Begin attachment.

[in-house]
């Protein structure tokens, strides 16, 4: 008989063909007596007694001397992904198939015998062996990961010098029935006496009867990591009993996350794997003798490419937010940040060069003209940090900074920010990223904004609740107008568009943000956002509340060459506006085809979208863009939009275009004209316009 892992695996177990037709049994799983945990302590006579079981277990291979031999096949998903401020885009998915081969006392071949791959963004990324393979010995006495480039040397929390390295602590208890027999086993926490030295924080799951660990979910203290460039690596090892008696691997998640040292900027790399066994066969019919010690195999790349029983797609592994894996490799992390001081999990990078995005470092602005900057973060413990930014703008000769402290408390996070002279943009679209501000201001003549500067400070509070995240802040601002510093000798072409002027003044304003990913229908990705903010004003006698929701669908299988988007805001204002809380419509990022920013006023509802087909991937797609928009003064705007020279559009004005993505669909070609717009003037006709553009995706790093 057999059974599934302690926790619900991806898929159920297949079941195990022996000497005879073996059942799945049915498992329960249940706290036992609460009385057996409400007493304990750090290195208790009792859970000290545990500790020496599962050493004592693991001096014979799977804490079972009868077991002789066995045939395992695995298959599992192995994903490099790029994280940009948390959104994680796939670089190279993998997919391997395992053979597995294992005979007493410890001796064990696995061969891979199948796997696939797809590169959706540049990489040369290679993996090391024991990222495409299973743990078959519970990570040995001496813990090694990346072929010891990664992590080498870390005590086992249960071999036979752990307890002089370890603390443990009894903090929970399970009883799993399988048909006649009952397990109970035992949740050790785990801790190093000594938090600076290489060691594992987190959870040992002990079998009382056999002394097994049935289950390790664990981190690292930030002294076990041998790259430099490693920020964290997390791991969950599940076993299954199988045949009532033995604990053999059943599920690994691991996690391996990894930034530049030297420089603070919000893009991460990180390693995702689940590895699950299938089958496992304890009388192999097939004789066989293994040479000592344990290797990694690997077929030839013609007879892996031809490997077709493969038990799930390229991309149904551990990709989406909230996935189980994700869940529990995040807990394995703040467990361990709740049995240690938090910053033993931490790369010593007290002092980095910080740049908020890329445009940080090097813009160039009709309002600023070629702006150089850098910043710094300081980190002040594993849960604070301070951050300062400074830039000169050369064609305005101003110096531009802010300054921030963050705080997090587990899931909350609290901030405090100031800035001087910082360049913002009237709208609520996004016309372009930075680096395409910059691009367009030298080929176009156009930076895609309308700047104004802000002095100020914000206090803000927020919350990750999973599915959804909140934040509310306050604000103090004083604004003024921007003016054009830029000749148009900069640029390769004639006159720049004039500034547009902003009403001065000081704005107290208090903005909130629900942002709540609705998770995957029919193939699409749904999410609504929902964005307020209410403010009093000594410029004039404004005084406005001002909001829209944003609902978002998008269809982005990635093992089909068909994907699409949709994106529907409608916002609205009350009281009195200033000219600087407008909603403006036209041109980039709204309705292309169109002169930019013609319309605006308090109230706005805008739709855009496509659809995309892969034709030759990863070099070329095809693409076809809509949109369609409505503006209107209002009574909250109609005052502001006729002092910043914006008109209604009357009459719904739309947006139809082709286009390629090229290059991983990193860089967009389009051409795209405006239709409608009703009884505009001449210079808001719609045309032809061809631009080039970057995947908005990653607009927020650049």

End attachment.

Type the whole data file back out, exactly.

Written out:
[in-house]
């Protein structure tokens, strides 16, 4: 008989063909007596007694001397992904198939015998062996990961010098029935006496009867990591009993996350794997003798490419937010940040060069003209940090900074920010990223904004609740107008568009943000956002509340060459506006085809979208863009939009275009004209316009 892992695996177990037709049994799983945990302590006579079981277990291979031999096949998903401020885009998915081969006392071949791959963004990324393979010995006495480039040397929390390295602590208890027999086993926490030295924080799951660990979910203290460039690596090892008696691997998640040292900027790399066994066969019919010690195999790349029983797609592994894996490799992390001081999990990078995005470092602005900057973060413990930014703008000769402290408390996070002279943009679209501000201001003549500067400070509070995240802040601002510093000798072409002027003044304003990913229908990705903010004003006698929701669908299988988007805001204002809380419509990022920013006023509802087909991937797609928009003064705007020279559009004005993505669909070609717009003037006709553009995706790093 057999059974599934302690926790619900991806898929159920297949079941195990022996000497005879073996059942799945049915498992329960249940706290036992609460009385057996409400007493304990750090290195208790009792859970000290545990500790020496599962050493004592693991001096014979799977804490079972009868077991002789066995045939395992695995298959599992192995994903490099790029994280940009948390959104994680796939670089190279993998997919391997395992053979597995294992005979007493410890001796064990696995061969891979199948796997696939797809590169959706540049990489040369290679993996090391024991990222495409299973743990078959519970990570040995001496813990090694990346072929010891990664992590080498870390005590086992249960071999036979752990307890002089370890603390443990009894903090929970399970009883799993399988048909006649009952397990109970035992949740050790785990801790190093000594938090600076290489060691594992987190959870040992002990079998009382056999002394097994049935289950390790664990981190690292930030002294076990041998790259430099490693920020964290997390791991969950599940076993299954199988045949009532033995604990053999059943599920690994691991996690391996990894930034530049030297420089603070919000893009991460990180390693995702689940590895699950299938089958496992304890009388192999097939004789066989293994040479000592344990290797990694690997077929030839013609007879892996031809490997077709493969038990799930390229991309149904551990990709989406909230996935189980994700869940529990995040807990394995703040467990361990709740049995240690938090910053033993931490790369010593007290002092980095910080740049908020890329445009940080090097813009160039009709309002600023070629702006150089850098910043710094300081980190002040594993849960604070301070951050300062400074830039000169050369064609305005101003110096531009802010300054921030963050705080997090587990899931909350609290901030405090100031800035001087910082360049913002009237709208609520996004016309372009930075680096395409910059691009367009030298080929176009156009930076895609309308700047104004802000002095100020914000206090803000927020919350990750999973599915959804909140934040509310306050604000103090004083604004003024921007003016054009830029000749148009900069640029390769004639006159720049004039500034547009902003009403001065000081704005107290208090903005909130629900942002709540609705998770995957029919193939699409749904999410609504929902964005307020209410403010009093000594410029004039404004005084406005001002909001829209944003609902978002998008269809982005990635093992089909068909994907699409949709994106529907409608916002609205009350009281009195200033000219600087407008909603403006036209041109980039709204309705292309169109002169930019013609319309605006308090109230706005805008739709855009496509659809995309892969034709030759990863070099070329095809693409076809809509949109369609409505503006209107209002009574909250109609005052502001006729002092910043914006008109209604009357009459719904739309947006139809082709286009390629090229290059991983990193860089967009389009051409795209405006239709409608009703009884505009001449210079808001719609045309032809061809631009080039970057995947908005990653607009927020650049």